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EU top court upholds ban on Bayer pesticides linked to harming bees

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By Kate Abnett

BRUSSELS (Reuters) -The European Union’s top court on Thursday upheld the EU’s partial ban on three insecticides linked to harming bees, preventing their use on certain crops.

The European Court of Justice dismissed an appeal by Bayer to overturn a lower EU court’s 2018 decision to uphold the ban.

The ruling covers three active substances – imidacloprid developed by Bayer CropScience, clothianidin developed by Takeda Chemical Industries and Bayer CropScience, as well as Syngenta’s thiamethoxam.

A Bayer spokesperson said it was disappointed by the verdict and stood by the safety of the products, which continue to be used in other regions with appropriate risk mitigation measures applied.

“The verdict seems to allow the (European) Commission almost carte blanche to review existing approvals upon the slightest evidence, which need not even be new scientific data,” the spokesperson said.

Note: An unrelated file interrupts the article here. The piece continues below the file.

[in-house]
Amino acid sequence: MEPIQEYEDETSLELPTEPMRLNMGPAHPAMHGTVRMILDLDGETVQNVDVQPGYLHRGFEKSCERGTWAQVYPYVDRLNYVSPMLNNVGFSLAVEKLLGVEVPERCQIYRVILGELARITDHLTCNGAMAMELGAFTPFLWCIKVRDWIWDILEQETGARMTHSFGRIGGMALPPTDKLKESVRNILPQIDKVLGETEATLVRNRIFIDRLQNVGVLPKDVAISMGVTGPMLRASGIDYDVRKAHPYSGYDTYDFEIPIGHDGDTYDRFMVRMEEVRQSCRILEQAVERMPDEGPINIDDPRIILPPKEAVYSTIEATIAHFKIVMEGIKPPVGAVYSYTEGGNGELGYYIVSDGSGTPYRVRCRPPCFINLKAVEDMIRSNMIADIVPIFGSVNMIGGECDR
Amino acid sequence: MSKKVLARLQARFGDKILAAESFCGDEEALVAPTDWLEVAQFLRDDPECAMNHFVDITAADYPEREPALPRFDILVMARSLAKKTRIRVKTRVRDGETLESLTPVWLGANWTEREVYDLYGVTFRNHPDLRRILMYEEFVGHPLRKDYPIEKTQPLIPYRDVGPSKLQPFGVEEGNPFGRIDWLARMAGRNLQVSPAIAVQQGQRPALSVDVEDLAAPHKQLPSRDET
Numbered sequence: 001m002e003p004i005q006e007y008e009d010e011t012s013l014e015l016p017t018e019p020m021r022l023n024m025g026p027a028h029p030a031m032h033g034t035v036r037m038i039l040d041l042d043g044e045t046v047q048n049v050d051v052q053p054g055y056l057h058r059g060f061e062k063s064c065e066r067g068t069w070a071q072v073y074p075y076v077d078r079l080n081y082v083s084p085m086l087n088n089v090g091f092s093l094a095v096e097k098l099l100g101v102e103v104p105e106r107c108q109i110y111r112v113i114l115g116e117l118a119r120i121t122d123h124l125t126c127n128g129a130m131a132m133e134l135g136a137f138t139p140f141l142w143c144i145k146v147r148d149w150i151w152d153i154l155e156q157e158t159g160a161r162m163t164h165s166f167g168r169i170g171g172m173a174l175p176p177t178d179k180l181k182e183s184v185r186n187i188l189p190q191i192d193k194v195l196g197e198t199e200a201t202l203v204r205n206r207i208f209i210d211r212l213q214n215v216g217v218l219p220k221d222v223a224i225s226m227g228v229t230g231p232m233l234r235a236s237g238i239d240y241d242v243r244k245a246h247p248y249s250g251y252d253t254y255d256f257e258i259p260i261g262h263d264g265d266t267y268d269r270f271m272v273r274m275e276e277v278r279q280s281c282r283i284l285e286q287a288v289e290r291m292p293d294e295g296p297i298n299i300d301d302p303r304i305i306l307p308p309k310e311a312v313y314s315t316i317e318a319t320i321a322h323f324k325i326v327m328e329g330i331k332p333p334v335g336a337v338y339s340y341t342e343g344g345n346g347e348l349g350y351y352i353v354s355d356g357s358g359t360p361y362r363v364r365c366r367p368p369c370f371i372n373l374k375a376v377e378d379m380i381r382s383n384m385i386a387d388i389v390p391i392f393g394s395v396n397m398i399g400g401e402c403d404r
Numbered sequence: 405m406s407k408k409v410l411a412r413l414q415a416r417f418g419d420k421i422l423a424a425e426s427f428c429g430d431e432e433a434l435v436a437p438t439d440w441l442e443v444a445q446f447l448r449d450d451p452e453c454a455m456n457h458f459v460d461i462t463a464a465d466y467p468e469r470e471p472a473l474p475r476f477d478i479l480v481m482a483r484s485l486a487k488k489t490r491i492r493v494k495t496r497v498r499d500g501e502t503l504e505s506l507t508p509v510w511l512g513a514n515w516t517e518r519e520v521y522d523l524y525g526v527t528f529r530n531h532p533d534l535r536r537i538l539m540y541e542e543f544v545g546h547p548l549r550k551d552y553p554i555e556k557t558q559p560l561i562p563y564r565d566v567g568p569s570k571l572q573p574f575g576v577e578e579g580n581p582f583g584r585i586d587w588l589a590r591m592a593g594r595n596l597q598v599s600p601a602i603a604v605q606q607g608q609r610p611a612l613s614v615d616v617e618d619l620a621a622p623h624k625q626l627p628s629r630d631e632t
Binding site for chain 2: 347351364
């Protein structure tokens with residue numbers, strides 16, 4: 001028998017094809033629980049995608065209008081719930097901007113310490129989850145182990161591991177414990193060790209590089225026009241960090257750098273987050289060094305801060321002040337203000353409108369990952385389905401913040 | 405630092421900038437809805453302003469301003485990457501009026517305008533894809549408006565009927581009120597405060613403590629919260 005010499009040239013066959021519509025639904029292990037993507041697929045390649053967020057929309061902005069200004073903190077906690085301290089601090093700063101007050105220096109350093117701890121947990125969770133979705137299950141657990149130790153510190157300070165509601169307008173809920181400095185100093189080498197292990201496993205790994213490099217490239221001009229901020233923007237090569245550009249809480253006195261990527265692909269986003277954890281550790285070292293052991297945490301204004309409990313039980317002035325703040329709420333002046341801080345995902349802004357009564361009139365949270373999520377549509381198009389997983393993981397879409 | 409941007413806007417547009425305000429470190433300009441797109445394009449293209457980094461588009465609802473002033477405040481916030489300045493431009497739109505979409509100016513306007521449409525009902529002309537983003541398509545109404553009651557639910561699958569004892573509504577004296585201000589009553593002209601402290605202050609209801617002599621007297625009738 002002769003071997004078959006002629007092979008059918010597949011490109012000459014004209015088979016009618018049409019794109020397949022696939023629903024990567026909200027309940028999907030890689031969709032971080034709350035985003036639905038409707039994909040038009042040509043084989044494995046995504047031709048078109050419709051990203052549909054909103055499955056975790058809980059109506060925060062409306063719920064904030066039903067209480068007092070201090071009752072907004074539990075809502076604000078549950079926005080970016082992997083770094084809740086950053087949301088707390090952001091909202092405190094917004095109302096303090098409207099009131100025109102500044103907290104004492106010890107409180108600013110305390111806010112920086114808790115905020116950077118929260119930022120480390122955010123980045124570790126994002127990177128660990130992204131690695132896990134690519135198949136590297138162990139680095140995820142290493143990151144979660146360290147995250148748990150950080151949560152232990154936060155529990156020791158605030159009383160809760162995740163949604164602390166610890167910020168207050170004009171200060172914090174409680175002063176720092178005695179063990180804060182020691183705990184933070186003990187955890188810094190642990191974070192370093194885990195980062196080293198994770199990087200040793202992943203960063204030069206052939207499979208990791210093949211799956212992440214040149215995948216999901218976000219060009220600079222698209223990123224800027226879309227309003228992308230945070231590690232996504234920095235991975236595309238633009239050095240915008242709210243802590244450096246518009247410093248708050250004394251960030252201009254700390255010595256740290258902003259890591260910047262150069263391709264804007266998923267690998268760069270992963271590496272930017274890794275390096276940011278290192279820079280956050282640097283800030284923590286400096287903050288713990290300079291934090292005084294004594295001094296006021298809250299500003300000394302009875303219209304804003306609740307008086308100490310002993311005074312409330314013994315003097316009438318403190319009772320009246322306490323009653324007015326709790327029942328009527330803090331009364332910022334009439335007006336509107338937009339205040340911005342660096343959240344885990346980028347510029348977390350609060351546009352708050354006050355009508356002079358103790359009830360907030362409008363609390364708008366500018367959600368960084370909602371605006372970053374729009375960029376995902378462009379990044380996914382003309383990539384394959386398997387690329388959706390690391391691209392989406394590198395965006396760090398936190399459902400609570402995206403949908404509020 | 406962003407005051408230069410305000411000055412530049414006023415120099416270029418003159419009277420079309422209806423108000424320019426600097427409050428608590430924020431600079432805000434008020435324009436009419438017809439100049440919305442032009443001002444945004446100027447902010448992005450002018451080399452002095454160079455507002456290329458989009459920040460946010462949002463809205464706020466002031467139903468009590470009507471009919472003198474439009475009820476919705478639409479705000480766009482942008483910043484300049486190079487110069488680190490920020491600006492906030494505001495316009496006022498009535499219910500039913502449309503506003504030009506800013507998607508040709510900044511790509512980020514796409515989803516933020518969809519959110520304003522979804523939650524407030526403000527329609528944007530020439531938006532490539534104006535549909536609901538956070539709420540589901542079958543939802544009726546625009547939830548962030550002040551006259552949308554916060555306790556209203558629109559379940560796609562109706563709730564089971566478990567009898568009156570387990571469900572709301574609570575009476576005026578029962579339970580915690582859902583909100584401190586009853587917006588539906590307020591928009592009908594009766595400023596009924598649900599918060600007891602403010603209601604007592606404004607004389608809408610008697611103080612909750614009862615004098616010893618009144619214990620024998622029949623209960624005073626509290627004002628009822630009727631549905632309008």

The Commission in 2013 restricted the use of the neonicotinoids, meaning they could not be used on maize, rapeseed and some spring cereals. They could still be used for other crops, such as sugar beet.

The Commission had reviewed the approvals because of the loss of bee colonies due to the misuse of pesticides.

Bayer had said there was insufficient new scientific knowledge to justify the restrictions. The EU’s highest court on Thursday dismissed that appeal and ordered Bayer to bear its own costs plus those of other parties.

“The Court of Justice has reaffirmed that protecting nature and people’s health takes precedence over the narrow economic interests of powerful multinationals,” said Greenpeace legal strategist Andrea Carta.

Bayer and ChemChina-owned Syngenta had warned that banning the insecticides would mean farmers reverting to older chemicals and spraying more.

Despite the ban, 206 emergency authorisations were granted for the use of the substances in the EU between 2013 and 2019. EU auditors last year said this pesticide use, while legal, was thought to be responsible for honeybee losses.

To protect bees, the Commission has proposed targets to cut the EU’s use of chemical pesticides by 50% and to reduce fertiliser use by 20% by 2030.

(Reporting by Kate Abnett. Editing by Marine Strauss and Mark Potter)

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